In a Major EU Test, DailyMotion Fined €5.5 Million for Failing to Remove Infringing Content

In a well-watched case, Dailymotion has been tagged with a €5.5 million ($6.1 million) fine for failing to proactively remove copyrighted videos.

French video-sharing website Dailymotion has been fined €5.5 million (about $6.1 million) by Italy’s Court of Rome; the sum will be paid to Mediaset, the largest commercial broadcaster in Italy.

Mediaset initially filed a case against Dailymotion in 2012 but went on to submit six additional lawsuits after Dailymotion failed to remove the content in question — roughly 1,000 videos that are copyrighted and owned by Mediaset.

Rulings in similar copyright-infringement lawsuits are expected to be finalized in the near future, and experts have indicated that Dailymotion could pay a total of nearly $225 million to companies and brands whose copyrighted content they’ve failed to remove.

Dailymotion’s lawyers argued that the website should only be responsible for removing content that’s been flagged by copyright holders — as is the case in the U.S. under the DMCA (and the prevailing treatment in many other countries).  This ruling turns that assumption on its head, and it’s also indicative of the changing climate in European Union courts, which are assuming more prominent and aggressive roles against companies that they believe to be infringing copyright.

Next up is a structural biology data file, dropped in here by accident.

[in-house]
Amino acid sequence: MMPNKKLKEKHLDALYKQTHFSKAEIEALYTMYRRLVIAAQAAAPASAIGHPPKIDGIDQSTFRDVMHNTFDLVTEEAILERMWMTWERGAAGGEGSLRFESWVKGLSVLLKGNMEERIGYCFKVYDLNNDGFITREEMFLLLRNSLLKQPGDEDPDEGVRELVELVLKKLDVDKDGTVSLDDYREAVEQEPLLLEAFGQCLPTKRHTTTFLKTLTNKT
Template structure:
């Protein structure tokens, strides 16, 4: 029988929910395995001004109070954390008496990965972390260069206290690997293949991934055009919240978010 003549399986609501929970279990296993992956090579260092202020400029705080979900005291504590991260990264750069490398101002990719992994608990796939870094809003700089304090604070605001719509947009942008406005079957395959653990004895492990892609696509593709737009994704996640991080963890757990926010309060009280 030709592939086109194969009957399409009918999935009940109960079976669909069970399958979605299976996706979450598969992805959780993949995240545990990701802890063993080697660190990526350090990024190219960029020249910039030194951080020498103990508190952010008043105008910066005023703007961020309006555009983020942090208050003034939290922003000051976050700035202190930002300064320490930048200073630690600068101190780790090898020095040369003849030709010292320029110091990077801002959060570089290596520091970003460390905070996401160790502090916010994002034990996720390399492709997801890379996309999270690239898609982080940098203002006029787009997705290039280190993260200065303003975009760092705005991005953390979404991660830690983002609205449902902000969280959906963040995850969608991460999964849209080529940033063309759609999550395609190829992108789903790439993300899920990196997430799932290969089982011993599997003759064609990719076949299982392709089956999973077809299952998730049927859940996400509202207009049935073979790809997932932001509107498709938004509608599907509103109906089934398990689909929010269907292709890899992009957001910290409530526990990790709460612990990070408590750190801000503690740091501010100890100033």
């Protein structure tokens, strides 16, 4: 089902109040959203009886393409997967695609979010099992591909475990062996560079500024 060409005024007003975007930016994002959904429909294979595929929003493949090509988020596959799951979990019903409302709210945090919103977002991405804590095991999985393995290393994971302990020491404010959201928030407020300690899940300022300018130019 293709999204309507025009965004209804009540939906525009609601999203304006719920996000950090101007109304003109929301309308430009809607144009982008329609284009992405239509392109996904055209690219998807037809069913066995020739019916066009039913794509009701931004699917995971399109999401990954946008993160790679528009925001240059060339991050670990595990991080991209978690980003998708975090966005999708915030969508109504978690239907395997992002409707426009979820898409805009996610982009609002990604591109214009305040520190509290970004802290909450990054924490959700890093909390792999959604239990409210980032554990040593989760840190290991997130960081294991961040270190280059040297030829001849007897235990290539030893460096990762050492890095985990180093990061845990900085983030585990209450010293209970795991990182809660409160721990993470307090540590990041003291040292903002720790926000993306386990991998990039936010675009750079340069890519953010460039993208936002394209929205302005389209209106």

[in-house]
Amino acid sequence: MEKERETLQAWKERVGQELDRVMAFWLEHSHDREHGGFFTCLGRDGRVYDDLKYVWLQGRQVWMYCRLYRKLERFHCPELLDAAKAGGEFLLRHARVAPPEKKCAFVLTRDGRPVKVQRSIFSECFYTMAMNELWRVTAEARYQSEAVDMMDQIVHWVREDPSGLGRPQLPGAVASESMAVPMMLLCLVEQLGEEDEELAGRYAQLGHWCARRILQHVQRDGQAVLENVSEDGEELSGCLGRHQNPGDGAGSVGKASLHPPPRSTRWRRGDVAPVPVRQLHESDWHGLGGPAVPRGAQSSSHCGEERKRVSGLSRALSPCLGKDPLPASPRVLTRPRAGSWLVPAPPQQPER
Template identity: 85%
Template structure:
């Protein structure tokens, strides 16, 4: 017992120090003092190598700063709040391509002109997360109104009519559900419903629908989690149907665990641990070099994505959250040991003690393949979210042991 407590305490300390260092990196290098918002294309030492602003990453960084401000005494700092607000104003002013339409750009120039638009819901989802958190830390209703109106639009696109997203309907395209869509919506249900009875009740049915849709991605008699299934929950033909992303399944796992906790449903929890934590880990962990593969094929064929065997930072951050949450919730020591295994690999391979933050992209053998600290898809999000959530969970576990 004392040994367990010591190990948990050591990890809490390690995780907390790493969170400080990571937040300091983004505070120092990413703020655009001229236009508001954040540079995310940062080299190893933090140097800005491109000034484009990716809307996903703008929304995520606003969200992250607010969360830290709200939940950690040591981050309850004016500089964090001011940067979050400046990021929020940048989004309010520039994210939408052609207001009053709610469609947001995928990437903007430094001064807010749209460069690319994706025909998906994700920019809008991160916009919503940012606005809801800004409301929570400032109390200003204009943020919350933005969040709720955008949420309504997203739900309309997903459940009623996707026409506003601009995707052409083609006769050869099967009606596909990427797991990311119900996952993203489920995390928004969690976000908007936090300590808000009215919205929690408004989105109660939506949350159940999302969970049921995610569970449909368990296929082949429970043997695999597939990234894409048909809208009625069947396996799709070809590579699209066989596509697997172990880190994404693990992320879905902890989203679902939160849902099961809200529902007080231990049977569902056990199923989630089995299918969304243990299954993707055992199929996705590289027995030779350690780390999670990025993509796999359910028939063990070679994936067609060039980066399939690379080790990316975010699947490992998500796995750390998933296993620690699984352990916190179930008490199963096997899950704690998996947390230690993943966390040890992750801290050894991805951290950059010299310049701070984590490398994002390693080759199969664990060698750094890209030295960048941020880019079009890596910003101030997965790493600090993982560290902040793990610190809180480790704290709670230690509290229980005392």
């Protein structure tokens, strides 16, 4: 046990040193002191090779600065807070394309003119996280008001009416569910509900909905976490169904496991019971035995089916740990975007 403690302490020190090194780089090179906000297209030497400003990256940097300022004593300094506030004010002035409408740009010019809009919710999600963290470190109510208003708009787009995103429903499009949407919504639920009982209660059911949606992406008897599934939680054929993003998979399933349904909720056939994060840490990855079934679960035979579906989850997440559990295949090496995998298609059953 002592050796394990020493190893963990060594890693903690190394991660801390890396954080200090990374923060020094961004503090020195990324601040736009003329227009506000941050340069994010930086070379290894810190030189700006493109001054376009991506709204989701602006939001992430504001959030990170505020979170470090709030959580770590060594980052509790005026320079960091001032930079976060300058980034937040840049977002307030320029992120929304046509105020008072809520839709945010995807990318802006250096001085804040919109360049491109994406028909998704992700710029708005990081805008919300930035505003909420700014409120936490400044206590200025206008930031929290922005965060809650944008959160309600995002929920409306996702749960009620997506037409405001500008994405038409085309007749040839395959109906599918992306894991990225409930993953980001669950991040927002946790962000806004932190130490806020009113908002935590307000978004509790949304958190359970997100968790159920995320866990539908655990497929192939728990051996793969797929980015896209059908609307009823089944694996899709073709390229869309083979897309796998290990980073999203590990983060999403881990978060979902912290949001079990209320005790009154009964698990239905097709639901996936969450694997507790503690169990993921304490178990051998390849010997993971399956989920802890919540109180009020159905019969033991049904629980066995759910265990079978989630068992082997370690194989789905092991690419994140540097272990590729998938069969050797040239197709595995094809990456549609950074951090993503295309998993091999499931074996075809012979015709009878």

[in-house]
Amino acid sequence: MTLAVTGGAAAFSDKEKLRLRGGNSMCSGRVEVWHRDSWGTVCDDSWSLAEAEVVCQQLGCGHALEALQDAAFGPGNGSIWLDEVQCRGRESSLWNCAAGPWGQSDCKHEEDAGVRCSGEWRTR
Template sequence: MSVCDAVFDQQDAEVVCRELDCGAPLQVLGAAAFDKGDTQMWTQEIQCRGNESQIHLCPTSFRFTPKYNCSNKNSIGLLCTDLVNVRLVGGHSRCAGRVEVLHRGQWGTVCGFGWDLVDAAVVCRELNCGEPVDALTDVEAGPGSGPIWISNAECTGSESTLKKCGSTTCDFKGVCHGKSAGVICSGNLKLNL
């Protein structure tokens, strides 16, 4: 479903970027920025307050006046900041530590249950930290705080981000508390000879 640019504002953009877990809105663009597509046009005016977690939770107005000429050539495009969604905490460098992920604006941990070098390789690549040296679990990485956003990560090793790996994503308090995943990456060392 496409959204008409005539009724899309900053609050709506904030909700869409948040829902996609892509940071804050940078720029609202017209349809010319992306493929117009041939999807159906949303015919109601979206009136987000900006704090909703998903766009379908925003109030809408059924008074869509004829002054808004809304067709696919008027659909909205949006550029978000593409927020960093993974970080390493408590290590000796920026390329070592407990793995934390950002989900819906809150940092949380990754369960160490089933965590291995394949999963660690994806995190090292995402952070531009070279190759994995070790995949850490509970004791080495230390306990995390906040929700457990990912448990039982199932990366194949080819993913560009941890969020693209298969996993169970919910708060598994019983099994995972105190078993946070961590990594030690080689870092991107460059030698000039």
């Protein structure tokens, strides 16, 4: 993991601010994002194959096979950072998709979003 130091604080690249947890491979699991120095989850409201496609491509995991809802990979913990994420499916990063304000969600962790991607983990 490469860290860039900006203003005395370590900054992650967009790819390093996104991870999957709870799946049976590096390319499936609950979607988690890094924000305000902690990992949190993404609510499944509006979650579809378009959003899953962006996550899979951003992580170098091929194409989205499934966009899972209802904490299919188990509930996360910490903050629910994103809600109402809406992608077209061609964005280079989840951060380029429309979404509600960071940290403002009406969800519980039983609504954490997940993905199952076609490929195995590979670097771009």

This decision will also impact a multitude of other copyright infringement cases that have been filed in EU nations.  Hovering in the background is the recently-passed European Copyright Directive and its reinterpretations of safe harbor statutes, though the Court of Rome didn’t directly cite those changes.  Instead, the ruling noted that Dailymotion fell outside of safe harbor protections and provisions.

In 2018, EU courts fined Google $5 billion for allegedly prioritizing and seeking an edge for its Chrome browser and Google Play Store on cell phones. The year before that, Google was tagged with an EU fine worth $2.7 billion, for allegedly manipulating search engine rankings.

While these examples are different than the Dailymotion-Mediaset lawsuit, they are worth mentioning in that they set the stage for smaller-scale violations to be punished severely and definitively in EU courts.

Dailymotion is owned by Vivendi, a French mass-media conglomerate that earned over $13 billion in 2017 and also happens to own Universal Music Group.